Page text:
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‘Hometown Halloween’ returns to downtown Arlington | SLIDESHOW

By KIRK BOXLEITNER
Arlington Times Reporter
October 31, 2013 · Updated 2:40 PM
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Little green monster Carson Casillas checks out the selection of candy while trick-or-treating on Olympic Avenue during Arlington’s ‘Hometown Halloween.’ / Kirk Boxleitner

ARLINGTON — Downtown Arlington was thronged with costumed trick-or-treaters of all ages on Saturday, Oct. 26, as the city’s “Hometown Halloween” attracted another year’s round of crowds for the Downtown Arlington Business Association’s trick-or-treating along Olympic Avenue, the Arlington Arts Council’s costume contest at Legion Park and the Arlington United Church’s Harvest Party.

At the age of 7, Evan Tunstall was able to transform his three-month-long obsession with the Titanic into a costume, with considerable assistance from stepdad Brandon Wiederspoon, that took first place in the 6-8 age category of the costume contest.

“He has just been on this Titanic kick lately,” Wiederspoon said of his stepson, whose Titanic costume was not only authentic to many of the minor details of the ship’s design that others might have overlooked, but also boasted a tray in front, at the bow of the ship, for Tunstall to store his Halloween candy. “He’s watched every documentary and read everything he could find at the library about the Titanic.”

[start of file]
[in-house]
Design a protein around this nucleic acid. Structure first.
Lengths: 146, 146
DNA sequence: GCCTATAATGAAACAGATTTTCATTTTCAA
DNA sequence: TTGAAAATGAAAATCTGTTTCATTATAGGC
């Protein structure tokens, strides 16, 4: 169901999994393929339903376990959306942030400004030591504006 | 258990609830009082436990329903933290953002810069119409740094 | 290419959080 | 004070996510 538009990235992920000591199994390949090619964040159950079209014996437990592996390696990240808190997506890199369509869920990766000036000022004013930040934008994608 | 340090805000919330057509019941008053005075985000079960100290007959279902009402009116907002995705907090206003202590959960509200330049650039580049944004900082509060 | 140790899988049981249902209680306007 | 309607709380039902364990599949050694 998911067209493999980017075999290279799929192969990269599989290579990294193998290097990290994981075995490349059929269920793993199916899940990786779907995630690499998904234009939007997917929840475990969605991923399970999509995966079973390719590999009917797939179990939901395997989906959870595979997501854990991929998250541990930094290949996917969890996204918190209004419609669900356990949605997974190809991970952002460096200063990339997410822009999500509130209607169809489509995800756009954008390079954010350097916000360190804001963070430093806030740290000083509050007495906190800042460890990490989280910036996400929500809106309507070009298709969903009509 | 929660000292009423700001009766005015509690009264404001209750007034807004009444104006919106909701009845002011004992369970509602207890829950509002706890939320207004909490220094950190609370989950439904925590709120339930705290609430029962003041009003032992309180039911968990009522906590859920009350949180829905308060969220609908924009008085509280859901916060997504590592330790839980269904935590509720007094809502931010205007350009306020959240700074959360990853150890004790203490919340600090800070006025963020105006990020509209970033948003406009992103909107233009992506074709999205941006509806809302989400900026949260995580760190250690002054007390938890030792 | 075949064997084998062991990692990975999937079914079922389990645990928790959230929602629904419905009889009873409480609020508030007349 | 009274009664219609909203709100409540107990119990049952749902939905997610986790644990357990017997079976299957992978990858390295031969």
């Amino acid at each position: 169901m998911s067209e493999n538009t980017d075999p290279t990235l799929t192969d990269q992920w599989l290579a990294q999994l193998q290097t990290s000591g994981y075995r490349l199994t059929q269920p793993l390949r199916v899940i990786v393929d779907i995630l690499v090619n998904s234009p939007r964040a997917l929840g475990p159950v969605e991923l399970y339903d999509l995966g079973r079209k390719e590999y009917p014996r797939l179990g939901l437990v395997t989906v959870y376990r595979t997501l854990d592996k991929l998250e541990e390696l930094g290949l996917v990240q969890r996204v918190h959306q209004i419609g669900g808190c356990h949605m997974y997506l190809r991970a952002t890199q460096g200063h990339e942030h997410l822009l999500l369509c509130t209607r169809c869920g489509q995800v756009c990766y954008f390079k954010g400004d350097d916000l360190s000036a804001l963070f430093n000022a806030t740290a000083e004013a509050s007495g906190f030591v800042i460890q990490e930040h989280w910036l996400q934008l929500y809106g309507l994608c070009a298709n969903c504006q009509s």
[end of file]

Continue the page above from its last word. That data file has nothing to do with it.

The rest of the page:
“It’s the most famous shipwreck on Earth,” Tunstall said, to explain his fascination with the Titanic, whose costume took “four long nights” to construct, according to his stepdad.

Tanner Siemer, 12, nabbed first place in his own age category of the contest through a simple Google search and a few hours of work with his dad Ryan.

“I just looked up ‘award-winning Halloween costumes,’” said Tanner Siemer, who used a tall trench coat and a creatively positioned tray to make himself look like a headless adult holding a child’s head in a glass jar. “After we bought the trench coat, it took about two to three hours to put together. I was in it to win it.”

“I built the frame in about an hour,” Ryan Siemer said of the apparatus that made the trench coat stand up straight on its own. “It’s like a backpack sling that fits over his shoulders.”

Kylene Mildon slung her infant son Ryan to her chest dressed as a bag of movie popcorn, complete with a cap festooned with a few popped kernels atop his head, but for her family, the other festivities took precedence over the costume contest.

“We just moved here from Everett two months ago, so this is our first ‘Hometown Halloween’ in Arlington,” Kylene Mildon said, as her other son James took part in the bowling for kiddies in the basement playroom of the Arlington United Church. “It’s much more of a small-town feel here, but we were looking to get some peace and quiet, outside of the big city. I love it so far. There’s so much going on here, and I love that the kids can go get candy during the day, when it’s safer.”

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